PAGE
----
Genealogists and non-genealogists alike are often fascinated by their "black sheep" ancestors. Of course, this interest doesn't stem from approval of crimes and misdeeds. Instead, researching black sheep ancestors can often be more exciting than investigating more virtuous forebears. Ancestors who were scoundrels can capture the imagination and bring color and pathos to a family history. I doubt many people muse about why ancestors stayed on the straight and narrow path throughout their lives. Considering those forebears who didn't follow the rules--and why they did not--is a lot more thought-provoking. In addition, black sheep ancestors--particularly those who were actual criminals--may have generated additional records, such as court documents and newspaper accounts. Generally, no extra records are created when a person is a good and upstanding citizen (with the exception, perhaps, of good citizenship awards). The often rich and detailed records about black sheep ancestors might not only give information about transgressions but also provide insight into family circumstances not likely to be found anywhere else.
In the early 2000s, we regularly featured readers' black sheep ancestor stories in both New England Ancestors magazine (the predecessor to American Ancestors) and the e-newsletter. In fact, the black sheep stories (along with "my favorite ancestor" stories) were so popular that we ran at least one in the e-news almost every week for about two-and-a-half years, from March 2003 to October 2005. I recently read through the stories in our e-newsletter archive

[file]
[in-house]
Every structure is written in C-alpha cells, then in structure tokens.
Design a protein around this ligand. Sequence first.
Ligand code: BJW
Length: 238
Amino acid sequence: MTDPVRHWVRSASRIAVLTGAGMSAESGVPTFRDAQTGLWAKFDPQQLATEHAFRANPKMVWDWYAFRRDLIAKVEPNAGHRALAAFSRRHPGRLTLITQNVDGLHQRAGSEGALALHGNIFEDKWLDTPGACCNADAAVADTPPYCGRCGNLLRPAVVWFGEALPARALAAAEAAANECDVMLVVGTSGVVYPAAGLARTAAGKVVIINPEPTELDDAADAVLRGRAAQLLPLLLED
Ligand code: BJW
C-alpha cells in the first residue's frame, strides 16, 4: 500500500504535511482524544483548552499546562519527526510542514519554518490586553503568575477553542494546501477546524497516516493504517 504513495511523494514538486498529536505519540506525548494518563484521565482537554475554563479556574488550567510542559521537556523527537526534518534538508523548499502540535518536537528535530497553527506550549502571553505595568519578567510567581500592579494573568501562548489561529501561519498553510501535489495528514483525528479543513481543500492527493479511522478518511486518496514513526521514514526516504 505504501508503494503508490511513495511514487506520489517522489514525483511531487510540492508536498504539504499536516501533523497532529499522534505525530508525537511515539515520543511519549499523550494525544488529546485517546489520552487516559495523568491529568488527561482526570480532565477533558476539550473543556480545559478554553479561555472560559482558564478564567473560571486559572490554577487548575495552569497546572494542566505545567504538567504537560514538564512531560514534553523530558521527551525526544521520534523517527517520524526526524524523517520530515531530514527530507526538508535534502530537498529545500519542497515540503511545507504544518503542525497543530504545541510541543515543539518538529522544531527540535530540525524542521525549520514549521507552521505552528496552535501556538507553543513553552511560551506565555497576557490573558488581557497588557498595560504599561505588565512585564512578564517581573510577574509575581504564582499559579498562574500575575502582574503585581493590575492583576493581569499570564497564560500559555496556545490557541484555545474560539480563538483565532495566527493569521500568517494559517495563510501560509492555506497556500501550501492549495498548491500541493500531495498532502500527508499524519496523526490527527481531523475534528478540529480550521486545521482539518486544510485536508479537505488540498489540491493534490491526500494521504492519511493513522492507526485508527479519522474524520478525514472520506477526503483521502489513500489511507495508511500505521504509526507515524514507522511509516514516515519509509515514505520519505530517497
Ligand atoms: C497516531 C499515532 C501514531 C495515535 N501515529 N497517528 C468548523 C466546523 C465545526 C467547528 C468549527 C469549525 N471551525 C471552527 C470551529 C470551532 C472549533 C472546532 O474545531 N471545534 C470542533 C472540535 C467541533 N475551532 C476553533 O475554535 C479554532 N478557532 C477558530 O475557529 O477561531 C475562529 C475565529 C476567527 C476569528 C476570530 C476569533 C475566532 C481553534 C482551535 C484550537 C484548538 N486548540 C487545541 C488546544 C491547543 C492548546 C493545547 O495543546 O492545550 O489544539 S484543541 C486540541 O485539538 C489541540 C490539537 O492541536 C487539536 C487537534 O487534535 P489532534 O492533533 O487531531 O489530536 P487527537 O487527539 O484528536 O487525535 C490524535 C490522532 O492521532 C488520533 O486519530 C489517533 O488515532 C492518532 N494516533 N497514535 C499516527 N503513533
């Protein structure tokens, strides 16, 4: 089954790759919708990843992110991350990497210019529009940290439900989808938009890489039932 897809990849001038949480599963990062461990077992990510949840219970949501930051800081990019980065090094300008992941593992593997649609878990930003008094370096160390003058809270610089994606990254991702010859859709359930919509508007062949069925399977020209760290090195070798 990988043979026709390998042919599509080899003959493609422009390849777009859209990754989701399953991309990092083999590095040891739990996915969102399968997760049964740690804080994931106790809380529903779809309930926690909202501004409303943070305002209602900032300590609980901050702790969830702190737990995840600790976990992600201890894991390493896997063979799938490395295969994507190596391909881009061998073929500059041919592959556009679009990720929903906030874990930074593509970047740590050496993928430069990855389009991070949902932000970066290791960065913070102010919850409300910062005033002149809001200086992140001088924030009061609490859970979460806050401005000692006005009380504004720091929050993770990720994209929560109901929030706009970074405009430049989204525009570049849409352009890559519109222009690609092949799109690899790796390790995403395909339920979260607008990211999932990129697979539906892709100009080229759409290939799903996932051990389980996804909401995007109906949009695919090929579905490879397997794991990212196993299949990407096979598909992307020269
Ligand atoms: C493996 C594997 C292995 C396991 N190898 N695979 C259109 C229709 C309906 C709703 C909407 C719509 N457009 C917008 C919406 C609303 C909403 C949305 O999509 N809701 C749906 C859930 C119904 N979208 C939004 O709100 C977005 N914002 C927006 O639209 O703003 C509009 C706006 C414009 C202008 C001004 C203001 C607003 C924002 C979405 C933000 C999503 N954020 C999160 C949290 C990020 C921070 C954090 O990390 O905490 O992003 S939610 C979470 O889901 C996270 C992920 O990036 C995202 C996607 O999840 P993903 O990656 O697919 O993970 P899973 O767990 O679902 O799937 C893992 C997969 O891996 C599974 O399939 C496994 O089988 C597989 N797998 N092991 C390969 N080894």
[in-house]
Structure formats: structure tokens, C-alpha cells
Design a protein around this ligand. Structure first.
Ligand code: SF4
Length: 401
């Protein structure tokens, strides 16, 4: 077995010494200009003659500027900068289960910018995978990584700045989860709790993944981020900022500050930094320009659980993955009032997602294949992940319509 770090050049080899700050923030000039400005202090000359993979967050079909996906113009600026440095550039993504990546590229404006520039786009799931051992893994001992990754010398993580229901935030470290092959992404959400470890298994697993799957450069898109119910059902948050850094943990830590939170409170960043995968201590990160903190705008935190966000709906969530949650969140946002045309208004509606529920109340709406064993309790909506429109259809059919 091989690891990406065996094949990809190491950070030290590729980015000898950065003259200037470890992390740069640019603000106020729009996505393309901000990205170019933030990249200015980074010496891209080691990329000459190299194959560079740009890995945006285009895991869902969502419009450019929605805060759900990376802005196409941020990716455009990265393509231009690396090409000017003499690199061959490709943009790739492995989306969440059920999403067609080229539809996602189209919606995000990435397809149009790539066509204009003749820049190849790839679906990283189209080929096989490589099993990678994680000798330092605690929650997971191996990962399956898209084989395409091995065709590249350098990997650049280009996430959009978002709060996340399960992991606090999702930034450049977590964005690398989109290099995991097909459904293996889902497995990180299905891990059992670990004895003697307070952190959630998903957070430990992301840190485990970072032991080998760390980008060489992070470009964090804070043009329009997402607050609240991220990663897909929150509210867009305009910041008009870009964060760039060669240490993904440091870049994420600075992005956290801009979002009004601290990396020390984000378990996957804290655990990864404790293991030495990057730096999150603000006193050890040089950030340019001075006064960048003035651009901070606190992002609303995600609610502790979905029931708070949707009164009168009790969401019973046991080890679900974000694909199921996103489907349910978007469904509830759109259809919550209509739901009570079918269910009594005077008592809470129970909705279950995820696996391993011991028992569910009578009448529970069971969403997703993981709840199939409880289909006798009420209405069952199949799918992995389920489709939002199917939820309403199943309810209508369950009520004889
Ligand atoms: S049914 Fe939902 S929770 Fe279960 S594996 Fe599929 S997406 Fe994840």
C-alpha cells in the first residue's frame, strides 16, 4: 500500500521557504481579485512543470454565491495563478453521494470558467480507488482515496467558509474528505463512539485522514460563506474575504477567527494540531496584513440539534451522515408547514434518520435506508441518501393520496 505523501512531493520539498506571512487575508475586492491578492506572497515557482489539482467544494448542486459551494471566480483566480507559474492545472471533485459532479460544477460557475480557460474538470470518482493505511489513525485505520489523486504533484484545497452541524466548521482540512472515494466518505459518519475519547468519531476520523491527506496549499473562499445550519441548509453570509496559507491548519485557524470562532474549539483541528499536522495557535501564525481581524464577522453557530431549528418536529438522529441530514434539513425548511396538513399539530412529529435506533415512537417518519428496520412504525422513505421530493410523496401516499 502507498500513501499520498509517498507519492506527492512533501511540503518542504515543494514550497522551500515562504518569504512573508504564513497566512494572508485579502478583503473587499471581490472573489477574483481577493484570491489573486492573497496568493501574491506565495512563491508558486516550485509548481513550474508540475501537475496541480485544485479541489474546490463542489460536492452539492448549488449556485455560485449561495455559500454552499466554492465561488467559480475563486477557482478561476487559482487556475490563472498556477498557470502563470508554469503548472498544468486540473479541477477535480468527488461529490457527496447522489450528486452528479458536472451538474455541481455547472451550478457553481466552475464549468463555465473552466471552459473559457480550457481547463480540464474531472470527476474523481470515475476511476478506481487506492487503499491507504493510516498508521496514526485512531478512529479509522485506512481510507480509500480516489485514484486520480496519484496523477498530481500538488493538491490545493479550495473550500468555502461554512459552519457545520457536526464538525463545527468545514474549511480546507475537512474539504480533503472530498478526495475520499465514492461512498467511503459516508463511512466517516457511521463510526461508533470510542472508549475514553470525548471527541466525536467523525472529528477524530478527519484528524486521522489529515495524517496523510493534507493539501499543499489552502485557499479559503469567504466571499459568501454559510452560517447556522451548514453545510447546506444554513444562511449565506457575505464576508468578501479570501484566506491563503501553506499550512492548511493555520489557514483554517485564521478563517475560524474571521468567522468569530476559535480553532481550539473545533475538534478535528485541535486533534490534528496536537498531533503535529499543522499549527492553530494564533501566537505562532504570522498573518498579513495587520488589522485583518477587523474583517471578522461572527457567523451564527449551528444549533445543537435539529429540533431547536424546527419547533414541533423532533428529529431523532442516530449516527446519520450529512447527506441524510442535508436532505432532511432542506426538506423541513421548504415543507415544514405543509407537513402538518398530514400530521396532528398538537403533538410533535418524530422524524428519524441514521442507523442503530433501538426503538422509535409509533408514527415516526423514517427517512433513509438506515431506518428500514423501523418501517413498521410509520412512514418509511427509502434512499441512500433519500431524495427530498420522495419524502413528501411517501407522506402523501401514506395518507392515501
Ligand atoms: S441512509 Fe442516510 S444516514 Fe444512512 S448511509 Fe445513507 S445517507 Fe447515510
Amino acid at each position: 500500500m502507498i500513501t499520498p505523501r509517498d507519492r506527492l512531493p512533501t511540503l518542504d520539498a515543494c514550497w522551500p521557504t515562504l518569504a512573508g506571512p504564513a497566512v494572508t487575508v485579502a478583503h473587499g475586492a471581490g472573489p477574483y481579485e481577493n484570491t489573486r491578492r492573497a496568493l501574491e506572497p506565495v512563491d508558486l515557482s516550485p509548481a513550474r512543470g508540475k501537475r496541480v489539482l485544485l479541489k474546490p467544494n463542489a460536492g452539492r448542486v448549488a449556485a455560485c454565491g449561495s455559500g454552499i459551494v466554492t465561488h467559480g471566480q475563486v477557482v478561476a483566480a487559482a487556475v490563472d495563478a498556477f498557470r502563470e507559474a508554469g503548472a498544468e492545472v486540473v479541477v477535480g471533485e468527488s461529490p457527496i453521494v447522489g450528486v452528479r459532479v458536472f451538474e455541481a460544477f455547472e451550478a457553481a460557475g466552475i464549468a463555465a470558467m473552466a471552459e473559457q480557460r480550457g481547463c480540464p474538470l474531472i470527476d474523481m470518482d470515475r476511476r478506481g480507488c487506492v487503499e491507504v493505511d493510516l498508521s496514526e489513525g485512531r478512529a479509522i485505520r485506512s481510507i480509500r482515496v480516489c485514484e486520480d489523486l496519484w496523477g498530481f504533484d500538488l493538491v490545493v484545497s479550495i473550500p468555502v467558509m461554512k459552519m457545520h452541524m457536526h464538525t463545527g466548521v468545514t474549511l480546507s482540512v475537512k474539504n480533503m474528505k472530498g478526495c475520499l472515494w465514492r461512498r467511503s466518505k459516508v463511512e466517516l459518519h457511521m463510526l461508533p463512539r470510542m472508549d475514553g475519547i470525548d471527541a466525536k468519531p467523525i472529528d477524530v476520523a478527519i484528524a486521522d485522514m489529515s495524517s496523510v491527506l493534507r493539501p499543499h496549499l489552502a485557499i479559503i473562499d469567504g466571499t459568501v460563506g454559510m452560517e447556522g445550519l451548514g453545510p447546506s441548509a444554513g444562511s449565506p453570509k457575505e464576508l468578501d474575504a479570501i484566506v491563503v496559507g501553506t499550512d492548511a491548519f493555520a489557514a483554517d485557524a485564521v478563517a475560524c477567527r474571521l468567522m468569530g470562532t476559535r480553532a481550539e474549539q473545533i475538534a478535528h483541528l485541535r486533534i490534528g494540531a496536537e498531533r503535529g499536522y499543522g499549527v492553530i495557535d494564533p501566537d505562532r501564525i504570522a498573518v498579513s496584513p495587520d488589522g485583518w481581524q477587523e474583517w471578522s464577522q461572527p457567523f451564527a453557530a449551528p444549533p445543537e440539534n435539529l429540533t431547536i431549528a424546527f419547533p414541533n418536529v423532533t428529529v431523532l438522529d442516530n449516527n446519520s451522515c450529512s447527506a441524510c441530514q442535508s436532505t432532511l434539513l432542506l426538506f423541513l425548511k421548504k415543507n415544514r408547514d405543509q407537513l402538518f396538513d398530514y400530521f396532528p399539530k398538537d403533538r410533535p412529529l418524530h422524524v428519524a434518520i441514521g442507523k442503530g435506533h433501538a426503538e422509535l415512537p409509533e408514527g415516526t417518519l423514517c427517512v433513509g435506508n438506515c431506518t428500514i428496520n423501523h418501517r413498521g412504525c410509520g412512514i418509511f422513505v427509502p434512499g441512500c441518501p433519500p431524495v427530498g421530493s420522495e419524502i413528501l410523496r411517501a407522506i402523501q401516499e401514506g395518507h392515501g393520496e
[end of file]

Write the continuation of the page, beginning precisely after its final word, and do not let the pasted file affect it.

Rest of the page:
and found a host of reasons why someone might be pegged as a black sheep ancestor: adultery, bigamy, child abandonment, counterfeiting, desertion from the military, murder, and theft. The results of this week's survey, which asks whether readers have black sheep ancestors, should produce interesting results. Unfortunately, the survey can't answer the question of how many readers have black sheep ancestors and don't know it!
Below is a selection of related resources:
• Blacksheep Ancestors
offers links to prison records, insane asylum records, historical court records, execution records, and biographies of notorious criminals.
• International Blacksheep Society of Genealogists
is an association of genealogists who have found "blacksheep ancestors" in their direct family lines.
• Wanted! U.S. Criminal Records
by Ron Arons is a reference book with information about sources for criminal records and listings of relevant archives, libraries, courts, and online sites.
• The Proceedings of the Old Bailey, London's Central Criminal Court, 1674-1913
is a fully searchable edition containing 197,745 criminal trials held at London's central criminal court.
• Least Wanted: A Century of American Mug Shots
by Mark Michaelson is described in evocative detail in this 2006 New York Times article.